“Plan marketing like a science, land it as an art.” – Ruchi Agarwal – Director, Microsoft at IIFT
“Headstart – Golden Jubilee Celebration Thought Leadership Series” : A multi-pronged initiative by the student body of IIFT to understand and align with industries better, Headstart invites a Thought Leader to the campus and creates an action oriented stimulating environment/platform for student fraternity to interact with industry leaders.
Here is our experience with one of such esteemed industry leader – Ruchi Agarwal, Director, Partner Strategy and Marketing at Microsoft India
We were lucky to have the opportunity to host a vivacious, graceful and warm personality in our college, the Indian Institute of Foreign Trade, New Delhi, on the 4th of February, 2014 under the aegis of ‘Headstart- Golden Jubilee Celebration Guest Lecture Series’. Ruchi Agarwal is the Director, Partner Strategy and Marketing at Microsoft India. She returned to India just over 3 years ago from a very interesting 5 years as the head of brand and marketing for the Scottish Rugby Union at Edinburgh. Some of her previous assignments have been with Vodafone in telecommunications, Bausch and Lomb in healthcare and Aricent in software.
After greeting us, she gave us an overview of her job profile and shared a few mantras she personally follows for success at the workplace as well as in personal life. They included the famous words of Oprah Winfrey ‘Look at the “not-so-obvious”, look beyond.’ Imparting the importance of teamwork, she stated that shared vision creates passion and collaboration makes winners. Being a risk-taker and having dabbled in B2B as well as B2C marketing, and working in different organizations across the world, she quoted “If you try, you risk. If you don’t, you ensure”.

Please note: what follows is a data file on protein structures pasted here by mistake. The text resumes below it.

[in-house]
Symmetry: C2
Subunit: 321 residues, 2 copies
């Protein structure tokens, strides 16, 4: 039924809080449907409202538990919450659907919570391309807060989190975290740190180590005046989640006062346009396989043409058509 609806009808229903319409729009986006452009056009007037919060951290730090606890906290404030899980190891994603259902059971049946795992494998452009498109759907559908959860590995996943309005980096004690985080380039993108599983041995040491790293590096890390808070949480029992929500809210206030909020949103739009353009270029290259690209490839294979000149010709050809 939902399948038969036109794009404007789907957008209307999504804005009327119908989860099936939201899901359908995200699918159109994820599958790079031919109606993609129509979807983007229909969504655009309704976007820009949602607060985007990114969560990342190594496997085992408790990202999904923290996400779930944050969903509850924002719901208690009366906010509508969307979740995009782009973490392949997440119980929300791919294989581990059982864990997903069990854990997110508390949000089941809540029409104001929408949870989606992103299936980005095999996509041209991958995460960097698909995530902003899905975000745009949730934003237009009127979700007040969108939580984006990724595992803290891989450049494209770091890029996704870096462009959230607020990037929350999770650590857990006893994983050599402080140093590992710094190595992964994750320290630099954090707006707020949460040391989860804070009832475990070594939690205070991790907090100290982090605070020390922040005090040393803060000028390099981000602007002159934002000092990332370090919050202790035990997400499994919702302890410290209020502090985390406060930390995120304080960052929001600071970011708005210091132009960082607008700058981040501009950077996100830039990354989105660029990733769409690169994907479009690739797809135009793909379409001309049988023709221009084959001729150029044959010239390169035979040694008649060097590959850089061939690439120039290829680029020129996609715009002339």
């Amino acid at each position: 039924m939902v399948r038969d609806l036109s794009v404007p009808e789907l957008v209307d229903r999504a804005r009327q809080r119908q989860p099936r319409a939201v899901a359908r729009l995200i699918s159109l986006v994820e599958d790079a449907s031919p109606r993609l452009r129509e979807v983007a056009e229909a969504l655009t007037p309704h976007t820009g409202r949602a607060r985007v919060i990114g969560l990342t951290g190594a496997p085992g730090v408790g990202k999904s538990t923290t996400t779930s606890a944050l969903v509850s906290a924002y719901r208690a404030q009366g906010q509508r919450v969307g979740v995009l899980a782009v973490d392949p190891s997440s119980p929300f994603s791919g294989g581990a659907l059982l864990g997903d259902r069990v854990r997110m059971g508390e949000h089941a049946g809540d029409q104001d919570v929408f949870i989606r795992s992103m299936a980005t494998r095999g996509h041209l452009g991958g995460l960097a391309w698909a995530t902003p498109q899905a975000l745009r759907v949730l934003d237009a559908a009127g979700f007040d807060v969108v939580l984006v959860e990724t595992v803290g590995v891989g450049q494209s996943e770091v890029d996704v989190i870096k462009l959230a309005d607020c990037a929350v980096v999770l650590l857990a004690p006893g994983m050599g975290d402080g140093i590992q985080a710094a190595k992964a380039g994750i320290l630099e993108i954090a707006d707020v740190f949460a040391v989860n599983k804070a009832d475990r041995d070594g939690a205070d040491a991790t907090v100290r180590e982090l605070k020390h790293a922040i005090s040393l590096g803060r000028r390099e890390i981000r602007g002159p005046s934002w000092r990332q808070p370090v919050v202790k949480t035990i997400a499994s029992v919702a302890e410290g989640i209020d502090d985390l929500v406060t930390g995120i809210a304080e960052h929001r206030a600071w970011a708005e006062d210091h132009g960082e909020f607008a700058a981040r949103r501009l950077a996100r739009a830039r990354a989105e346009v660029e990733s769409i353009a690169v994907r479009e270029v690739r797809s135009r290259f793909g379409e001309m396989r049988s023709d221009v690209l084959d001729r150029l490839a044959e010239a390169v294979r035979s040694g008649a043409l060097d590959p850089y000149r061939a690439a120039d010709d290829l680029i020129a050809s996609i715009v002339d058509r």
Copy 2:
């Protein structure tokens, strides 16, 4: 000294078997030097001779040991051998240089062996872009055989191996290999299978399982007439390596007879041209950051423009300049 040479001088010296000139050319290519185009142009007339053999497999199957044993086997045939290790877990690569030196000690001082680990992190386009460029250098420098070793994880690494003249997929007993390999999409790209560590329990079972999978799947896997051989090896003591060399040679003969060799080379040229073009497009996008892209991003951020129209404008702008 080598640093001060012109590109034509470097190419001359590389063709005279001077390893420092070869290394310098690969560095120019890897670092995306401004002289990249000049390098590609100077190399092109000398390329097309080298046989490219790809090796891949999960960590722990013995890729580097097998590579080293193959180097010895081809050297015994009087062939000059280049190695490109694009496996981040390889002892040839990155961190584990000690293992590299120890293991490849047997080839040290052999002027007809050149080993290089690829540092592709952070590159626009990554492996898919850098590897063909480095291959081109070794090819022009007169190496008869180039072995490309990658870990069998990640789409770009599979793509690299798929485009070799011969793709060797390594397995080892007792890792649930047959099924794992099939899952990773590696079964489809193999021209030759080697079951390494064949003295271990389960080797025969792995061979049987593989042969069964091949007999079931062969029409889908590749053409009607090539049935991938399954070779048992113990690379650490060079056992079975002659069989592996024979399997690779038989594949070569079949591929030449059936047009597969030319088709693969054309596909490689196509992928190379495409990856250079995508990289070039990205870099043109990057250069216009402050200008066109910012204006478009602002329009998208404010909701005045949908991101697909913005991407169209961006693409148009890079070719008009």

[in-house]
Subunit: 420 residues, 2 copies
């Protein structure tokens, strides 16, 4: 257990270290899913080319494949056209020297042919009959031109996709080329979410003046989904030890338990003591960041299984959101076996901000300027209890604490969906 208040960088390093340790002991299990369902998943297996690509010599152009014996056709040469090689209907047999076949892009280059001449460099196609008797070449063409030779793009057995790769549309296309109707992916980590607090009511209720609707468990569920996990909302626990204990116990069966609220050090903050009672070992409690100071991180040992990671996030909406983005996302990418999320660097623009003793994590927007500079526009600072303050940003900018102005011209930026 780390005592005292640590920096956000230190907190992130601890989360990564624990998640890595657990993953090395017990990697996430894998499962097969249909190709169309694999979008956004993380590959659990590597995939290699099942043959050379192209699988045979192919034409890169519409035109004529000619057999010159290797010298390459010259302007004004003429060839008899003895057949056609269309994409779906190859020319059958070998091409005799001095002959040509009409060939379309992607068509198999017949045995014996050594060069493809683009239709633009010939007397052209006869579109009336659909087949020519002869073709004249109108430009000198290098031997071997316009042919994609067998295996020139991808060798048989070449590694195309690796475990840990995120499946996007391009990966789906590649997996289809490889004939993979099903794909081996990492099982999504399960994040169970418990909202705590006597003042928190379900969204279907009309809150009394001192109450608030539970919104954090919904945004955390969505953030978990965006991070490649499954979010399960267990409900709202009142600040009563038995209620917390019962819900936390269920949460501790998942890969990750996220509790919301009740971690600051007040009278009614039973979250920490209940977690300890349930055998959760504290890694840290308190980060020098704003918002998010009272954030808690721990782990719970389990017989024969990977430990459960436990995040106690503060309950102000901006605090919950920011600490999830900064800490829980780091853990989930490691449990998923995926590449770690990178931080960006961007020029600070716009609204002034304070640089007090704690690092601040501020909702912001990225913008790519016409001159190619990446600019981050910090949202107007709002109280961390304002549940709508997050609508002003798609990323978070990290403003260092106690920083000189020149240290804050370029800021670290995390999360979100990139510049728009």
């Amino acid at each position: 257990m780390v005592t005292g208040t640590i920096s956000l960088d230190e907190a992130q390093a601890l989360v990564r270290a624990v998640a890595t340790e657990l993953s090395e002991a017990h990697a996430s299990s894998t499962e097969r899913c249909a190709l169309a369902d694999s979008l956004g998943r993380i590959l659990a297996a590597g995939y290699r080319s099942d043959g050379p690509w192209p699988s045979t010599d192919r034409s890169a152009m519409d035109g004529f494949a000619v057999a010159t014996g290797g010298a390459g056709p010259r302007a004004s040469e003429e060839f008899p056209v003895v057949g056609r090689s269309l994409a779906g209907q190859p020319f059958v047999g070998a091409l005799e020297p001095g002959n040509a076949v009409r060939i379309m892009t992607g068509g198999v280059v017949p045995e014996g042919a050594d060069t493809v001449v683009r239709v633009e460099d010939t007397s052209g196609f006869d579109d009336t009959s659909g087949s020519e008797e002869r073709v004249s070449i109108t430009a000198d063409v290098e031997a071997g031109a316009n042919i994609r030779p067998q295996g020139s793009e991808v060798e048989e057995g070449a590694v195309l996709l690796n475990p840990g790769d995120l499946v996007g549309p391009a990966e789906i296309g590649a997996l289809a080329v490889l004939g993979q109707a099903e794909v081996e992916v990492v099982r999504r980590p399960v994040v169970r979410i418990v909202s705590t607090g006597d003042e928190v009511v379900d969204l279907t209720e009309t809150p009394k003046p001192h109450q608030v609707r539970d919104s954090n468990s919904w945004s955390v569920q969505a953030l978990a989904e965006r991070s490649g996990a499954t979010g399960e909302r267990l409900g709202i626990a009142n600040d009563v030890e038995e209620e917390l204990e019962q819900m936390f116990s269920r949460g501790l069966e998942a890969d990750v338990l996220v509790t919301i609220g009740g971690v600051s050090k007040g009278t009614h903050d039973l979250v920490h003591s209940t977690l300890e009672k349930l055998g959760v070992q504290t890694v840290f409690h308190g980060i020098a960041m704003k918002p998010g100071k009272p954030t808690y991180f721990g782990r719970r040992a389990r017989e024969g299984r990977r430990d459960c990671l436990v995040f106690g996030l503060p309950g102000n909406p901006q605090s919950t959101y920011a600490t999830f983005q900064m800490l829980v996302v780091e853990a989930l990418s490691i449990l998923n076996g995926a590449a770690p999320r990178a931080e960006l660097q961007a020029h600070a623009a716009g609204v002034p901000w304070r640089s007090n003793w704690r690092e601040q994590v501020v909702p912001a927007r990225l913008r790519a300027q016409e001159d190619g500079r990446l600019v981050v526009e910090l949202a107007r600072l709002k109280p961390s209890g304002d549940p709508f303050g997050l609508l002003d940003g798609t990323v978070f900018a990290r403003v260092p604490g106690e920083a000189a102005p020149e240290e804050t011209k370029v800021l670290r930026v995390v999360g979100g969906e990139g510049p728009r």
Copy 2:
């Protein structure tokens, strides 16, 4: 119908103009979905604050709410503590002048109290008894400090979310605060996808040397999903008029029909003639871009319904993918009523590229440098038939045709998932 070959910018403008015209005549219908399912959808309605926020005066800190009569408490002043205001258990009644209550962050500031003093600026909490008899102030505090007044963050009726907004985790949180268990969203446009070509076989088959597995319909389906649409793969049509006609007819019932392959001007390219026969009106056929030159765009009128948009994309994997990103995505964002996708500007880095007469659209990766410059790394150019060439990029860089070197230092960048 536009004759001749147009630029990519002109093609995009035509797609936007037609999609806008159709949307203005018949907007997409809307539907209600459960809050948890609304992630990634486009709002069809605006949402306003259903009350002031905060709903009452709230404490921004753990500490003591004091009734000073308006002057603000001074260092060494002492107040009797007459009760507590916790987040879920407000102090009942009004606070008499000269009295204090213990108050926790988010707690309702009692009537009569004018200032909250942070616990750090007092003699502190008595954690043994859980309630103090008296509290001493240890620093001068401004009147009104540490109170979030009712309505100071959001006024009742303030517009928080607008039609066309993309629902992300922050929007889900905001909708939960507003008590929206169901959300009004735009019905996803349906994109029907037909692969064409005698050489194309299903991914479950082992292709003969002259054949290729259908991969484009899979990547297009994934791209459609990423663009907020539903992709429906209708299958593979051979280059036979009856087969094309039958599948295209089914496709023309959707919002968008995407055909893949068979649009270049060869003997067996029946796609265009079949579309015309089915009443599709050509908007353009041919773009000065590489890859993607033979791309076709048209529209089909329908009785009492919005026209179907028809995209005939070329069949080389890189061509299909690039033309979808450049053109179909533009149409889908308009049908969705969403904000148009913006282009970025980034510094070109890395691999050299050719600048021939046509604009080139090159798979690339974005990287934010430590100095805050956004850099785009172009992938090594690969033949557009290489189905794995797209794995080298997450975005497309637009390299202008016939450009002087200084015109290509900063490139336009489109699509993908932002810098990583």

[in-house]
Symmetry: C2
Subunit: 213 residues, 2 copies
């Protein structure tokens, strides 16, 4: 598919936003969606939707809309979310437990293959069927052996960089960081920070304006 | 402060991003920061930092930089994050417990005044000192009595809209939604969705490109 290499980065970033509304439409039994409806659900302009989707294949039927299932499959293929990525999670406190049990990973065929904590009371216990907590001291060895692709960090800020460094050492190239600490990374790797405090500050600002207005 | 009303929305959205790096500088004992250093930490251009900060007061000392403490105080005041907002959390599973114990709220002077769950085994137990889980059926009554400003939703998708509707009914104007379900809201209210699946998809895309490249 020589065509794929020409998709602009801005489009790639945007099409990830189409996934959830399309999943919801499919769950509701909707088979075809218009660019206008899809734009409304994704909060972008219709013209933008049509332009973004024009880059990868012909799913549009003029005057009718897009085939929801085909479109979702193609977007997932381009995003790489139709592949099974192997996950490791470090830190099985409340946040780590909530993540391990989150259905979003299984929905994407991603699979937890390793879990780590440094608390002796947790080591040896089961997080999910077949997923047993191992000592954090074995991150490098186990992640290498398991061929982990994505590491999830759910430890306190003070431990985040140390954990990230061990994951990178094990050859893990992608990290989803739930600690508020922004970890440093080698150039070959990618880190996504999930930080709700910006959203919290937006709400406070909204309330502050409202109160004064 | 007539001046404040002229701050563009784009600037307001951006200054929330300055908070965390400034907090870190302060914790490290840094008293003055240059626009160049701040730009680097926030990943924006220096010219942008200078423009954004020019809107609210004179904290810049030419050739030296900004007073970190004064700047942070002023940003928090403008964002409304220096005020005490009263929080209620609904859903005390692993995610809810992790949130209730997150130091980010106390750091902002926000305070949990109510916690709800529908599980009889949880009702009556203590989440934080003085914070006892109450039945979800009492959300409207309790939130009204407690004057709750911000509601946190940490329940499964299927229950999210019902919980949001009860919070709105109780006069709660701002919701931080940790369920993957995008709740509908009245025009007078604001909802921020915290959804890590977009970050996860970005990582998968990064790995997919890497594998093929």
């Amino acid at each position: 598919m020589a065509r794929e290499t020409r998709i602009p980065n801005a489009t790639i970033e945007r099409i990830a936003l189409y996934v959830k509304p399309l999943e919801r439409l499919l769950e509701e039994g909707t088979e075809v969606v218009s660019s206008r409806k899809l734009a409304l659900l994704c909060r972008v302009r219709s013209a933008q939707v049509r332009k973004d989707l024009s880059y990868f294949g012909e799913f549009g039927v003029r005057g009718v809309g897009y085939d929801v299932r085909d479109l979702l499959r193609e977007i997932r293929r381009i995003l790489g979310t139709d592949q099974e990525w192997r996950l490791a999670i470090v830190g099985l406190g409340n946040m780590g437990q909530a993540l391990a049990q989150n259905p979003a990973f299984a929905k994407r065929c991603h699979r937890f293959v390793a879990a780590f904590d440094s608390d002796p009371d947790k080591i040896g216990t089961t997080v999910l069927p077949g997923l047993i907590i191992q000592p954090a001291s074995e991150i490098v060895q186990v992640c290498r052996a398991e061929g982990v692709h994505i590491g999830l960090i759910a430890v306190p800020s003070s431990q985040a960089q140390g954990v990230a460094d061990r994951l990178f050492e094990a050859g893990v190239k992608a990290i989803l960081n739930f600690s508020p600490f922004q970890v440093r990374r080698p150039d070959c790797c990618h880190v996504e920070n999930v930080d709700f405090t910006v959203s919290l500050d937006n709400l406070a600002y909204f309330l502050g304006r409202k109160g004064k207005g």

Stating that the evolving face of marketing is digital marketing which is pervasive in the way that consumers have access to information any time and any place they want it, she pointed out that digital media is an ever-growing source of entertainment, news, shopping and social interaction, and consumers are now exposed not just to what companies say about their brand, but what the media, friends, relatives, peers, etc., are saying as well. She stated that ‘Increasingly mass marketing is turning into a mass of niches’; elaborating that today, people want brands they can trust, companies that know them, communications that are personalized and relevant, and offers that are tailored to their needs and preferences.
Elaborating on the concept of cloud computing that Microsoft is venturing into, she said that future of the world lies in cloud computing which essentially means “a type of Internet-based computing,” where different services – such as servers, storage and applications – are delivered to an organization’s computers and devices through the Internet. Cross- platform integration and co-creation, Search Engine Optimization were other topics she briefly discussed.
She familiarized us with the term “permission based marketing”, a term popularized by Seth Godin and its relevance in the context of the Internet, in the sense that it functions as a two-way broadcast medium. The Internet gives companies the opportunity to treat different people differently, and it demands that they figure out how to let their permission base choose what they hear or see, how frequently and in what format.
Citing examples, she made us understand that the integration of the marketing and sales funnel is the need of the hour, because in many organizations, the marketing department blames the sales force for its poor execution of an otherwise brilliant rollout plan. The sales team, in turn, claims that the marketing department sets prices too high and uses too much of the budget, which instead should go toward hiring more salespeople or paying the sales reps higher commissions. Sales departments feel that marketers are out of touch with reality, and marketers believe the sales force is myopic—too focused on individual customer experiences, insufficiently aware of the larger market, and blind to the future. So, an integration will ensure an alignment of the marketing and sales functions that will ensure better utilization of resources and co-ordination within the organization.
And to conclude, she raised the befuddling question-“Is marketing a science or an art?” After eliciting varied responses from the batch, and graciously correcting us as well as acknowledging and answering our queries, she imparted these words of wisdom
– Prachi Kapoor
Prachi is a first year MBA(IB) student at IIFT, Delhi. She is a true Mumbaikar at heart. A dramatics enthusiast, she describes herself as full of expressions and laughs like there is no tomorrow. Having jumped into MBA straight after her engineering degree, the words people use to describe her are vivacious and bubbly. A quote by John Green that sums her up-“My thoughts are stars I cannot fathom into constellations.”
For regular updates, follow IIFT here .